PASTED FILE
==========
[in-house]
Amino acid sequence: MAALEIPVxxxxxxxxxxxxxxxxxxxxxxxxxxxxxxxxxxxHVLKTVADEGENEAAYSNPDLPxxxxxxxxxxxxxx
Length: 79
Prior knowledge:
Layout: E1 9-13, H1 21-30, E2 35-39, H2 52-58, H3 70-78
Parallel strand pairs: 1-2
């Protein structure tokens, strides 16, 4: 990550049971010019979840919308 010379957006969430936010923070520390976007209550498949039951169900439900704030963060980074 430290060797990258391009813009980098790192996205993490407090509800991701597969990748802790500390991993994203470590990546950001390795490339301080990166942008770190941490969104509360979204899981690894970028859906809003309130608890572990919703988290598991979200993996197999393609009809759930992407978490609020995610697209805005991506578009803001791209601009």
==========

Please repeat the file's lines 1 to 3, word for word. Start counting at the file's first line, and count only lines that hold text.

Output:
[in-house]
Amino acid sequence: MAALEIPVxxxxxxxxxxxxxxxxxxxxxxxxxxxxxxxxxxxHVLKTVADEGENEAAYSNPDLPxxxxxxxxxxxxxx
Length: 79